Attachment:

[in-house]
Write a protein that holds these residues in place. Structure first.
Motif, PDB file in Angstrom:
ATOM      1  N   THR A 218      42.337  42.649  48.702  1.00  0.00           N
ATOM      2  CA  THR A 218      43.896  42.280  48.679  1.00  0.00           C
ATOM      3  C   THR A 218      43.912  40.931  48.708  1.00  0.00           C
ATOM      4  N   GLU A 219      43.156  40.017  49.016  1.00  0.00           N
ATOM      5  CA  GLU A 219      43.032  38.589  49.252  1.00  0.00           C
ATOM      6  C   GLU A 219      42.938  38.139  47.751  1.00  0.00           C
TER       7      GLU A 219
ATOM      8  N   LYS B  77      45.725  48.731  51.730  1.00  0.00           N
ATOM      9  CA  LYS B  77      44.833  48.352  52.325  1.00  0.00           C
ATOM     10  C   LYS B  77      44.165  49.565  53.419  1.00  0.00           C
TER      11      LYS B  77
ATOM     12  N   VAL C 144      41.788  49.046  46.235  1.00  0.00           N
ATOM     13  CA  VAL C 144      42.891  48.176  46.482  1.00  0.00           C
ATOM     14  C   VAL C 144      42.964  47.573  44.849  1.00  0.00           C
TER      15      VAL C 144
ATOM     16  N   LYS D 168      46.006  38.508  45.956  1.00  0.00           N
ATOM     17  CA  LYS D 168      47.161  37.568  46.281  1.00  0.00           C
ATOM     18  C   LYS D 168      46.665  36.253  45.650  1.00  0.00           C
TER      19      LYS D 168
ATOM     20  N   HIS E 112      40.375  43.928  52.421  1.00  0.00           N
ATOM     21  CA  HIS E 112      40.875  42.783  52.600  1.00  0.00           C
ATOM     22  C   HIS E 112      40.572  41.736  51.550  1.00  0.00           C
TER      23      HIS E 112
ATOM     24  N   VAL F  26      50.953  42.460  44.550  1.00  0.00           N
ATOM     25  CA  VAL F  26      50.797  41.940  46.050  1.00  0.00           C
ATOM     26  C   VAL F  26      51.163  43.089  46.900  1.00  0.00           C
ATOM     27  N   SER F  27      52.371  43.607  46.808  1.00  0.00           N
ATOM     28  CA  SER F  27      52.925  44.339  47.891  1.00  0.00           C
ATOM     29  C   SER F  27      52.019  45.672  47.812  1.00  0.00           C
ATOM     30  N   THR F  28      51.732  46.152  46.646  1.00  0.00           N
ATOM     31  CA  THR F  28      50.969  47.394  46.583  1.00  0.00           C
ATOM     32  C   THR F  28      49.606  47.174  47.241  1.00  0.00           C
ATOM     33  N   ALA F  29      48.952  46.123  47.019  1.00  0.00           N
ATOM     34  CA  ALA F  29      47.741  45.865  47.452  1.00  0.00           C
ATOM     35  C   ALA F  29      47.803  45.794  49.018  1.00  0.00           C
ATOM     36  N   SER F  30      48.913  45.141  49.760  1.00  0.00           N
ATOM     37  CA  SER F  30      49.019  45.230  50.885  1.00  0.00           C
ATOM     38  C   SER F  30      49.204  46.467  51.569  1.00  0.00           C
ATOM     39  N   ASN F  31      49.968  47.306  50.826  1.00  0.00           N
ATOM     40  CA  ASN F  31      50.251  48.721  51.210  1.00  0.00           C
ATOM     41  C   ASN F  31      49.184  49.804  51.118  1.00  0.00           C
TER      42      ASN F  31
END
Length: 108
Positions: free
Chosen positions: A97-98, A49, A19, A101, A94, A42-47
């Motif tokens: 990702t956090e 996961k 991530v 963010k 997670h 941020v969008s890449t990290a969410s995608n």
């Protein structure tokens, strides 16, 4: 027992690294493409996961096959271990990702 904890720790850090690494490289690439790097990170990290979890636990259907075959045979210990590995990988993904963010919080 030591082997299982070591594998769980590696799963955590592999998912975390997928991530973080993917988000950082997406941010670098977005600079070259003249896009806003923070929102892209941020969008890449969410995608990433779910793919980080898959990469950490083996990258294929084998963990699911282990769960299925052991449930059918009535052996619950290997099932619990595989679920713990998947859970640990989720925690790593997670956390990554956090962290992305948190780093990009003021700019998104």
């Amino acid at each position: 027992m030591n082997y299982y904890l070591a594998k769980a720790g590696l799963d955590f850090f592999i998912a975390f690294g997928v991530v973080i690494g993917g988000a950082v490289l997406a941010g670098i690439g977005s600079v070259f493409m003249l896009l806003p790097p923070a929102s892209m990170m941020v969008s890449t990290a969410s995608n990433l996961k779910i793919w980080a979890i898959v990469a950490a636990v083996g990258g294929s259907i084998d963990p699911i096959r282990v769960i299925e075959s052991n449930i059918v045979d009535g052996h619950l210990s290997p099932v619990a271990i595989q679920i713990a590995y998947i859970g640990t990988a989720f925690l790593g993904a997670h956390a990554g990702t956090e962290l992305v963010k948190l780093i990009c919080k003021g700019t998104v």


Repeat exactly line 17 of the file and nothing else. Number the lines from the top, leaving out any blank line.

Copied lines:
ATOM     14  C   VAL C 144      42.964  47.573  44.849  1.00  0.00           C